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Mathematics LibreTexts

6.2: Use Multiplication Properties of Exponents

  • Page ID
    18963
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    Learning Objectives

    By the end of this section, you will be able to:

    • Simplify expressions with exponents
    • Simplify expressions using the Product Property for Exponents
    • Simplify expressions using the Power Property for Exponents
    • Simplify expressions using the Product to a Power Property
    • Simplify expressions by applying several properties
    • Multiply monomials

    Note

    Before you get started, take this readiness quiz.

    1. Simplify: \(\frac{3}{4}\cdot \frac{3}{4}\)
      If you missed this problem, review Exercise 1.6.13.
    2. Simplify: \((−2)(−2)(−2)\).
      If you missed this problem, review Exercise 1.5.13.

    Simplify Expressions with Exponents

    Remember that an exponent indicates repeated multiplication of the same quantity. For example, \(2^4\) means the product of \(4\) factors of \(2\), so \(2^4\) means \(2·2·2·2\).

    Let’s review the vocabulary for expressions with exponents.

    EXPONENTIAL NOTATION

    This figure has two columns. In the left column is a to the m power. The m is labeled in blue as an exponent. The a is labeled in red as the base. In the right column is the text “a to the m power means multiply m factors of a.” Below this is a to the m power equals a times a times a times a, followed by an ellipsis, with “m factors” written below in blue.

    This is read \(a\) to the \(m^{th}\) power.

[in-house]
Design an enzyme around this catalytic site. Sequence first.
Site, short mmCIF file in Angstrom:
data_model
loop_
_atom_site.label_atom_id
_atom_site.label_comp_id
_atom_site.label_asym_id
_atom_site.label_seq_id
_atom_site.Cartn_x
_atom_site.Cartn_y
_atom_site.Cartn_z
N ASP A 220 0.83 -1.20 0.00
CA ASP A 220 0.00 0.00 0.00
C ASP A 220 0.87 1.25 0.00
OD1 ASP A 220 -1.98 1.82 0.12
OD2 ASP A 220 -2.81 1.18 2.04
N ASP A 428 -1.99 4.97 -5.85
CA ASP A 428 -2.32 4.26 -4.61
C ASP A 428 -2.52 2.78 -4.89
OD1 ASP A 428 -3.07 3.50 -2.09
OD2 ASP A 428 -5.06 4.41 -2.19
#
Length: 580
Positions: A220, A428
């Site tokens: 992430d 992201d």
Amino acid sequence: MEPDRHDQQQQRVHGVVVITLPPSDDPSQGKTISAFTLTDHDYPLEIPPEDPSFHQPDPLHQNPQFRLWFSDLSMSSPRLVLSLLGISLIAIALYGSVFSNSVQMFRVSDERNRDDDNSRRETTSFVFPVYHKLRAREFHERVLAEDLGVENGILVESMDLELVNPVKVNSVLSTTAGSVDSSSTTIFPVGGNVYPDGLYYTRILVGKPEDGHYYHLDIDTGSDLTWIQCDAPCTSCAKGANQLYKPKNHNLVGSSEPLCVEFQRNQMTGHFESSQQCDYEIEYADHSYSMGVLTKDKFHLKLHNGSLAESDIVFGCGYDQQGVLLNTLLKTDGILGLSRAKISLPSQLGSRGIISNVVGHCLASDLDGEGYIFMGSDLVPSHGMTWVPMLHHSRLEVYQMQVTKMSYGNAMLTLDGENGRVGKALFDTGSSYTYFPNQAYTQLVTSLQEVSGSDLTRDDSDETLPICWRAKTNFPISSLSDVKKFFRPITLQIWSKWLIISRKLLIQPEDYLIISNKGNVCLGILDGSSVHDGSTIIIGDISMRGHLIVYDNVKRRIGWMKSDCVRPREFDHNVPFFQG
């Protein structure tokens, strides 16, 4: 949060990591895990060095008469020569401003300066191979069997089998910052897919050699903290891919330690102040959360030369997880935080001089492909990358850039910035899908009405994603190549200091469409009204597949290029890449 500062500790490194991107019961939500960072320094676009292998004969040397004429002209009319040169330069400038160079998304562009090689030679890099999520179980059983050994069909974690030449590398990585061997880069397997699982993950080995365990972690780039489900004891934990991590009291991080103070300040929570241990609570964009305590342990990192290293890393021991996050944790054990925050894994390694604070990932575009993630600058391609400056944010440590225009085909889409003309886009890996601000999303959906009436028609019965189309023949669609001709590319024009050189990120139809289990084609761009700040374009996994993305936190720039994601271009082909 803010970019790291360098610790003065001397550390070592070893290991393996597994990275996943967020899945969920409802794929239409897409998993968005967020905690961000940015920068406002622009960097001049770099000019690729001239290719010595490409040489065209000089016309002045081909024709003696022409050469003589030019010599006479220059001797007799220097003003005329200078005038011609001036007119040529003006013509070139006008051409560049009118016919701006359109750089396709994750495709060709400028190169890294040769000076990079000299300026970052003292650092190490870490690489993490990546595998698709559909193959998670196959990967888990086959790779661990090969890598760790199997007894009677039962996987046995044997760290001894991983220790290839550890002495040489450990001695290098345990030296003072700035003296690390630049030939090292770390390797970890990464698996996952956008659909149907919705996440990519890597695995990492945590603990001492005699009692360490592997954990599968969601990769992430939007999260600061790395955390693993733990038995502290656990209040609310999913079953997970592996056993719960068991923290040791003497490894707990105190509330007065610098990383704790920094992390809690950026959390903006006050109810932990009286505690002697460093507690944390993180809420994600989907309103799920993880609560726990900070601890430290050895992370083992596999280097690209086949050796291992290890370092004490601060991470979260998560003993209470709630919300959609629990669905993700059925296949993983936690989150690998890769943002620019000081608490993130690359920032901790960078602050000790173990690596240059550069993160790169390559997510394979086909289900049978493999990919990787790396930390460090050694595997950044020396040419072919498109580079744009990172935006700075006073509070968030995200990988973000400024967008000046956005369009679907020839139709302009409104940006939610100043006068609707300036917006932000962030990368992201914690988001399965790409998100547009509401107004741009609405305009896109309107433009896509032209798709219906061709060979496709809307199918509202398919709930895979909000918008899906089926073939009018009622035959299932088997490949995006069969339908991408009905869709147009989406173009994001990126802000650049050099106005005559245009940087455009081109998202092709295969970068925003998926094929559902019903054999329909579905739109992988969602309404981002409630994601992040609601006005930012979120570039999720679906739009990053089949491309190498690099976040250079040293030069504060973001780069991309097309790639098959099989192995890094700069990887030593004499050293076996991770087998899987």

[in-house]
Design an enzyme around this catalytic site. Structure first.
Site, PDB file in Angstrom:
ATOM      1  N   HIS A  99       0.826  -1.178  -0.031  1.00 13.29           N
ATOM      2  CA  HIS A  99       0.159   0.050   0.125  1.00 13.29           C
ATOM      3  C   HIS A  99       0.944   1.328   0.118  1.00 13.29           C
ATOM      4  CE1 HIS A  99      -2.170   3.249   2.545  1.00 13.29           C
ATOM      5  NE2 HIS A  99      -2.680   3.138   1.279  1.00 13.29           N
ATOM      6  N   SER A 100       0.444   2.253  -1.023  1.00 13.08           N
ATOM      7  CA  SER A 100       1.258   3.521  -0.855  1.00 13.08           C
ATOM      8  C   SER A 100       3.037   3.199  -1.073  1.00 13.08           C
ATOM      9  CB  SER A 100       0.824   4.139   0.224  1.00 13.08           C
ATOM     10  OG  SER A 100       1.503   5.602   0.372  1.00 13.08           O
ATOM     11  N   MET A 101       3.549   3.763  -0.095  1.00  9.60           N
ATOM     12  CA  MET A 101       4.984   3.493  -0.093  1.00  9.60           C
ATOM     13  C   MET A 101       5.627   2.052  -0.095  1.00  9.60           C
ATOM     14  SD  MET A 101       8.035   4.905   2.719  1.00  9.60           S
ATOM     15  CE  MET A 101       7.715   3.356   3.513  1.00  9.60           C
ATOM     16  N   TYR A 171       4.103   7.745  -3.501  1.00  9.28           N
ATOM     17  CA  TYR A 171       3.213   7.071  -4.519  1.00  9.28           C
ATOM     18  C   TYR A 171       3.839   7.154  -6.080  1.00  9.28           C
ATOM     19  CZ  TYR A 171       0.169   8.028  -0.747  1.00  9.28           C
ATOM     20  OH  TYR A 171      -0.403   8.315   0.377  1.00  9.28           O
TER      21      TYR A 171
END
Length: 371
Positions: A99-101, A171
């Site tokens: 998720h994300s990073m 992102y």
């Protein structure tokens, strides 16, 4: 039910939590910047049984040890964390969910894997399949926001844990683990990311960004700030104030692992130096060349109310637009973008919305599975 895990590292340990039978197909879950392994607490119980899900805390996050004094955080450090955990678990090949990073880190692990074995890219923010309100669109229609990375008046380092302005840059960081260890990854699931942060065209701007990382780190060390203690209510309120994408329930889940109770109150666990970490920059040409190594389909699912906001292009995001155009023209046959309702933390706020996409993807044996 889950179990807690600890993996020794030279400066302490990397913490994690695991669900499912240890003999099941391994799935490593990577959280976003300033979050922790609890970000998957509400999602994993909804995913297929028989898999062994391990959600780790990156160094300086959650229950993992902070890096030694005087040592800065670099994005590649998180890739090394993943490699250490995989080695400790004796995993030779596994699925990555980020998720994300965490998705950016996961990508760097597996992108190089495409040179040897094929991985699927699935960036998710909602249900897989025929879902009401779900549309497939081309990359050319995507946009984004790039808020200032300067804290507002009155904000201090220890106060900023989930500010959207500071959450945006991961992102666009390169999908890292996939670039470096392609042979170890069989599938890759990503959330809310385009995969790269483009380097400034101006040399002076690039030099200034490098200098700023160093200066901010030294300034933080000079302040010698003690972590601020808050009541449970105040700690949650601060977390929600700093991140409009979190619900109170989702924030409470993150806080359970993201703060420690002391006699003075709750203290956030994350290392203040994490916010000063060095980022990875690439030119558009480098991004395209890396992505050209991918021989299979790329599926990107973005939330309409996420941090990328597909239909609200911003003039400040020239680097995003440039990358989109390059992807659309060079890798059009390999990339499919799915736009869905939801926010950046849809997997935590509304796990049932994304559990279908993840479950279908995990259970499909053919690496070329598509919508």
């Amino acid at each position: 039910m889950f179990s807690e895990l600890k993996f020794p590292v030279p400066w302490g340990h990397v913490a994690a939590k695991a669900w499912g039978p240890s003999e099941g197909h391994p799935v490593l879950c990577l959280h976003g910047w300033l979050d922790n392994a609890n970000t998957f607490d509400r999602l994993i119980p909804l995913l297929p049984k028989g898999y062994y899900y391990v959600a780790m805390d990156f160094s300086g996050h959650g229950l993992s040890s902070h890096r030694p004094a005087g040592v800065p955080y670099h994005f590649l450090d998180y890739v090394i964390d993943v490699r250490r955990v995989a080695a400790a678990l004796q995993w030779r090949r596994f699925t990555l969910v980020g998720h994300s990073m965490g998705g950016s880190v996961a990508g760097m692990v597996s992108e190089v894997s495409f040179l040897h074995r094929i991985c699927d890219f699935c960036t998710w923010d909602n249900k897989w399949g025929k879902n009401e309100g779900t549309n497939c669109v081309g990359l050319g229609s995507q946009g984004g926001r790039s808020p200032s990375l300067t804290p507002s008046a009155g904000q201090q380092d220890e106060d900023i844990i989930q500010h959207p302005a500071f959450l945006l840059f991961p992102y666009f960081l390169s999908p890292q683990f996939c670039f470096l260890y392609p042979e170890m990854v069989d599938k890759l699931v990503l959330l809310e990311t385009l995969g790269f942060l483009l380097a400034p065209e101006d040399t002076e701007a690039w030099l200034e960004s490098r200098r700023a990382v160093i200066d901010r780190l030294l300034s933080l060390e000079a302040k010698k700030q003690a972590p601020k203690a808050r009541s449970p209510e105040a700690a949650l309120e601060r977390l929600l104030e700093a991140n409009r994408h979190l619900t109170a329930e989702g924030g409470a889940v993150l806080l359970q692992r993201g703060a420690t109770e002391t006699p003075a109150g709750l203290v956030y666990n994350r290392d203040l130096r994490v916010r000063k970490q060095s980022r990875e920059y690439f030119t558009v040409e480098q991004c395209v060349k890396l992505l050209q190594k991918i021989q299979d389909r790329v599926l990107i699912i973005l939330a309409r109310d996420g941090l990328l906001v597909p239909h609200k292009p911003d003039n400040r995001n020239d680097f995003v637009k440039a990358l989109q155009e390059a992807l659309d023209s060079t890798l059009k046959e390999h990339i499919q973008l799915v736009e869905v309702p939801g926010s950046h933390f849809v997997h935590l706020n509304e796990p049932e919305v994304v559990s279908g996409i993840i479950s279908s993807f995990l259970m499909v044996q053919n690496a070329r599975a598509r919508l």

In the expression \(a^{m}\), the exponent \(m\) tells us how many times we use the base a as a factor.

    This figure has two columns. The left column contains 4 cubed. Below this is 4 times 4 times 4, with “3 factors” written below in blue. The right column contains negative 9 to the fifth power. Below this is negative 9 times negative 9 times negative 9 times negative 9 times negative 9, with “5 factors” written below in blue.

    Before we begin working with variable expressions containing exponents, let’s simplify a few expressions involving only numbers.

    Example \(\PageIndex{1}\)

    Simplify:

    1. \(4^{3}\)
    2. \(7^{1}\)
    3. \(\left(\frac{5}{6}\right)^{2}\)
    4. \((0.63)^{2}\)
    Answer
    1. \(\begin{array}{ll} & 4^{3}\\ {\text { Multiply three factors of } 4 .} & {4 \cdot 4 \cdot 4} \\ {\text { Simplify. }} & {64}\end{array}\)
    2. \(\begin{array}{ll} & 7^{1}\\ \text{Multiply one factor of 7.} & 7\end{array}\)
    3. \(\begin{array}{ll} &\left(\frac{5}{6}\right)^{2}\\ {\text { Multiply two factors. }} & {\left(\frac{5}{6}\right)\left(\frac{5}{6}\right)} \\ {\text { Simplify. }} & {\frac{25}{36}}\end{array}\)
    4. \(\begin{array}{ll} &(0.63)^{2}\\ {\text { Multiply two factors. }} & {(0.63)(0.63)} \\ {\text { Simplify. }} & {0.3969}\end{array}\)

    Example \(\PageIndex{2}\)

    Simplify:

    1. \(6^{3}\)
    2. \(15^{1}\)
    3. \(\left(\frac{3}{7}\right)^{2}\)
    4. \((0.43)^{2}\)
    Answer
    1. 216
    2. 15
    3. \(\frac{9}{49}\)
    4. 0.1849

    Example \(\PageIndex{3}\)

    Simplify:

    1. \(2^{5}\)
    2. \(21^{1}\)
    3. \(\left(\frac{2}{5}\right)^{3}\)
    4. \((0.218)^{2}\)
    Answer
    1. 32
    2. 21
    3. \(\frac{8}{125}\)
    4. 0.047524

    Example \(\PageIndex{4}\)

    Simplify:

    1. \((-5)^{4}\)
    2. \(-5^{4}\)
    Answer
    1. \(\begin{array}{ll} &(-5)^{4}\\{\text { Multiply four factors of }-5} & {(-5)(-5)(-5)} \\ {\text { Simplify. }} & {625}\end{array}\)